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Old 10-18-2017, 11:26 PM
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Originally Posted by Stiffwrists View post
No water at all. A handful of clad, enough aquarium gravel to fill the container half full. Then about 3 table spoons of salt, pour vinegar over it all until It just covers the gravel. 3 good squirts of lemon juice and a few drops of dish soap. Tumble for an hour or so. DO NOT add any pennies. (I will say that they come out clean, not exactly "shiny") If you were to get one in circulation you might think it looks a little off. You will know what I mean when you try it out. Let me know what you think. I will post a pic of a tumbled quarter next to a brand new shiny quarter later.
Thank you for writing all this up! I will be trying this on my next batch.
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Old 10-20-2017, 11:05 AM
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Originally Posted by Stiffwrists View post
No water at all. A handful of clad, enough aquarium gravel to fill the container half full. Then about 3 table spoons of salt, pour vinegar over it all until It just covers the gravel. 3 good squirts of lemon juice and a few drops of dish soap. Tumble for an hour or so. DO NOT add any pennies. (I will say that they come out clean, not exactly "shiny") If you were to get one in circulation you might think it looks a little off. You will know what I mean when you try it out. Let me know what you think. I will post a pic of a tumbled quarter next to a brand new shiny quarter later.

....with this formula, dirty clad coins will come out with a dull gray steel color. If you want natural looking coins to come out of the tumbler, you can't use acidic solutions, use gravel, soap and wetting agents such as the aquarium gravel, dawn dish soap, and borax. It takes longer to do the job because there is no acid to strip the oxides off the coins. The gravel has to do that job.
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Old 10-20-2017, 09:18 PM
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Skip the saw dust , don't need it.

Vinegar is an acid , and any soap or ammonia you put in there is a base , so its practically cancelling the vinegar out....skip the vinegar , don't need it.

Vinegar or acid alone often gives the edges of the clad a strange pink color as the acid reacts with the copper layer. When I did it that way I had a store clerk refuse some of them.

I just use fish gravel and ammonia with a little water. Soap works almost as good as ammonia but I get the best results with ammonia. Except for a few random ones most of my clad comes out like new.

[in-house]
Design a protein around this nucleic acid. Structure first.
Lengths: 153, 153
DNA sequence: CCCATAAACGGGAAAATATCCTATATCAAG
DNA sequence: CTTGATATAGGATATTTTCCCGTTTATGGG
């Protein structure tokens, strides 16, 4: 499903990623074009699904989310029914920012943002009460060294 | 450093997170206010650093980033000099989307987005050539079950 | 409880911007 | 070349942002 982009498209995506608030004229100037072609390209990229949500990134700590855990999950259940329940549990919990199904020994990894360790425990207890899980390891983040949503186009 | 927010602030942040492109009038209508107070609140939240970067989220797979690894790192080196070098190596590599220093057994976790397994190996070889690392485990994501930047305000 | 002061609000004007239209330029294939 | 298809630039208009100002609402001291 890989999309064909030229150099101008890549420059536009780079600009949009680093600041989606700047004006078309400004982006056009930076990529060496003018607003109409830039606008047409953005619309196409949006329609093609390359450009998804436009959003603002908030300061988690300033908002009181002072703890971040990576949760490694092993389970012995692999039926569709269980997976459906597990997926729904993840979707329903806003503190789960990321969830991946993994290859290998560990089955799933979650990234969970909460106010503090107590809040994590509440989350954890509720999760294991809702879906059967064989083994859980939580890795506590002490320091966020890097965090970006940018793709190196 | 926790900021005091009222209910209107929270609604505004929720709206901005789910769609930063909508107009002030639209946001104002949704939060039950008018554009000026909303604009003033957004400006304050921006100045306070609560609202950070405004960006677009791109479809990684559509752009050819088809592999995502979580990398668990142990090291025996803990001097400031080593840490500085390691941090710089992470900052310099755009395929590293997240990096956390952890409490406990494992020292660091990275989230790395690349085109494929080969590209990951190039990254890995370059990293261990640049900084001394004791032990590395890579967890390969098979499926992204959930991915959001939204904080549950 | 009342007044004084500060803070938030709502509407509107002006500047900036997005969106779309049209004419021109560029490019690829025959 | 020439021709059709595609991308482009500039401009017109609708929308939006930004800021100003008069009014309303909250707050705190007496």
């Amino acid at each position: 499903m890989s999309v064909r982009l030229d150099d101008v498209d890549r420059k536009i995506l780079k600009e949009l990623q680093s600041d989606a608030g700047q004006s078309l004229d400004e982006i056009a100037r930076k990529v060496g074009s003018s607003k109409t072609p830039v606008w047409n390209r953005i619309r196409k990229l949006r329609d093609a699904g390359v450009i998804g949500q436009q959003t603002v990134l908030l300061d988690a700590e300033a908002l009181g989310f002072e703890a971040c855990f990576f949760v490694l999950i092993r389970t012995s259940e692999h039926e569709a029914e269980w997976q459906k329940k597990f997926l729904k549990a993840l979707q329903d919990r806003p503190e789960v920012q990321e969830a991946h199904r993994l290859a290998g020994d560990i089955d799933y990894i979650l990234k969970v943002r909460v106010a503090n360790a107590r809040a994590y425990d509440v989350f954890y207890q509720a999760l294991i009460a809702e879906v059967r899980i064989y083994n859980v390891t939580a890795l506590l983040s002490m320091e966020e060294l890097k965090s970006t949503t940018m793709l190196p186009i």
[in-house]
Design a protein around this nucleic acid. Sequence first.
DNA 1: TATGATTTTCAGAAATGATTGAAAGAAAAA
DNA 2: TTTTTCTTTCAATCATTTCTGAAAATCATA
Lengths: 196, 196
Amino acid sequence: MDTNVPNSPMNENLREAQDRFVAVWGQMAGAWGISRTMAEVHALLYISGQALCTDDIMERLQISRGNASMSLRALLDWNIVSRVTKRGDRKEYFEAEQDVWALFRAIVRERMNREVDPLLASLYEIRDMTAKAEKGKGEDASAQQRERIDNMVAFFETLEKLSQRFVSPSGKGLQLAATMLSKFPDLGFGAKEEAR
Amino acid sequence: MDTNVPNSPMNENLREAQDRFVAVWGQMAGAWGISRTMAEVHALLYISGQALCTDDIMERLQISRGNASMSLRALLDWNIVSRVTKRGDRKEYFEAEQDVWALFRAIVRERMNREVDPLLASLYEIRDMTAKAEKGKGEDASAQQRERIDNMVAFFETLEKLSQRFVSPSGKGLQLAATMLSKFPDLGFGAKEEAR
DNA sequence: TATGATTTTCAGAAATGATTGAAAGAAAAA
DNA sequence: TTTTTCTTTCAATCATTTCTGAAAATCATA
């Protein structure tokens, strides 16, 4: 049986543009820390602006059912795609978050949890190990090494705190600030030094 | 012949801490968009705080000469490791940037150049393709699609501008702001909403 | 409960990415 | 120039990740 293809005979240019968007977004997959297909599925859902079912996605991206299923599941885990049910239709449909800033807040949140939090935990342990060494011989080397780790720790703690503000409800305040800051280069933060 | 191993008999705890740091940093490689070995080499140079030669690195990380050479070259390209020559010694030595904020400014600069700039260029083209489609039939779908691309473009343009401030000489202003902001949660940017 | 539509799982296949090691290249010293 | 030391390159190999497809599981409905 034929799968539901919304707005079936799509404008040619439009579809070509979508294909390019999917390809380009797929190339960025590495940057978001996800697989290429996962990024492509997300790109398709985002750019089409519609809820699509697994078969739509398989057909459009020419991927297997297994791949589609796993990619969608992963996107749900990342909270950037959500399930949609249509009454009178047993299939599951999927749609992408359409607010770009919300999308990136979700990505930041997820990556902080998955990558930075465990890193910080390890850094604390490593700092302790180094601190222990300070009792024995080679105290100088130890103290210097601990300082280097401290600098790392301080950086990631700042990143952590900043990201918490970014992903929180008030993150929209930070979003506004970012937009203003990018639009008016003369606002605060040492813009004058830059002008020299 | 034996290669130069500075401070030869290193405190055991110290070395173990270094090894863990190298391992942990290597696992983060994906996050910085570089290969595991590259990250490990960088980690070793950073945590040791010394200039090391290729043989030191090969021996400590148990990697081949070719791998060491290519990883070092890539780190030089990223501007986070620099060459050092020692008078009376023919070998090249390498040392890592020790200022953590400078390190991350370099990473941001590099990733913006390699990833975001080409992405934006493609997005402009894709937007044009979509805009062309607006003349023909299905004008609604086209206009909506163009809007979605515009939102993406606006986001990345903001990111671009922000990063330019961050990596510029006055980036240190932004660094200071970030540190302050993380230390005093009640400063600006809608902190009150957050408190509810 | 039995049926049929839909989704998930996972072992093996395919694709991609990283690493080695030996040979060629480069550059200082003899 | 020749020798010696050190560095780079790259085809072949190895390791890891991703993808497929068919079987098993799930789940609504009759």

If you check them and they don't look as shiny as you like , just tumble them a little longer.

Rinse them well afterward.

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Old 10-21-2017, 08:31 AM
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Originally Posted by BufordCityDawg View post
I just use soap, gravel and tumble 4-8 hrs. They always come out clean enough to pass through the coinstar and really that is all I am looking for. One thing that I do if I want to get them a little cleaner is to change out the water about half way through to get rid of the worst of the dirt and then continue to tumble. Only takes about 5 minutes but does make a good bit of difference.

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Old 10-22-2017, 02:35 AM
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Originally Posted by ohiochris View post

Vinegar or acid alone often gives the edges of the clad a strange pink color as the acid reacts with the copper layer. When I did it that way I had a store clerk refuse some of them..
This is true. Sometimes the edges of the clad get a kinda strange pink color to them. Although I've never had a store clerk refuse any of them. They must have been very detail oriented! Did they think you were trying to pass counterfeit quarters and dimes? Haha

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Old 10-22-2017, 06:05 AM
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Originally Posted by Stiffwrists View post
This is true. Sometimes the edges of the clad get a kinda strange pink color to them. Although I've never had a store clerk refuse any of them. They must have been very detail oriented! Did they think you were trying to pass counterfeit quarters and dimes? Haha


I guess that was the concern. I didn't think they looked bad enough to be rejected but they did look odd compared to most change , if I worked with money I would probably reject them too. Better to just clean them a different way and avoid something like that.

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Old 10-23-2017, 02:51 AM
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Looks good to me! I use water, small gravel and a handful of stainless steel screws.

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Old 10-25-2017, 12:31 PM
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I tumble mine for an hour in soap and water then put them in a salt/vinegar mix and after stirring for a few minutes tumble them again for 90 minutes, They come out pretty nice except for a few that are really rusty. Coin machines take them all with no rejects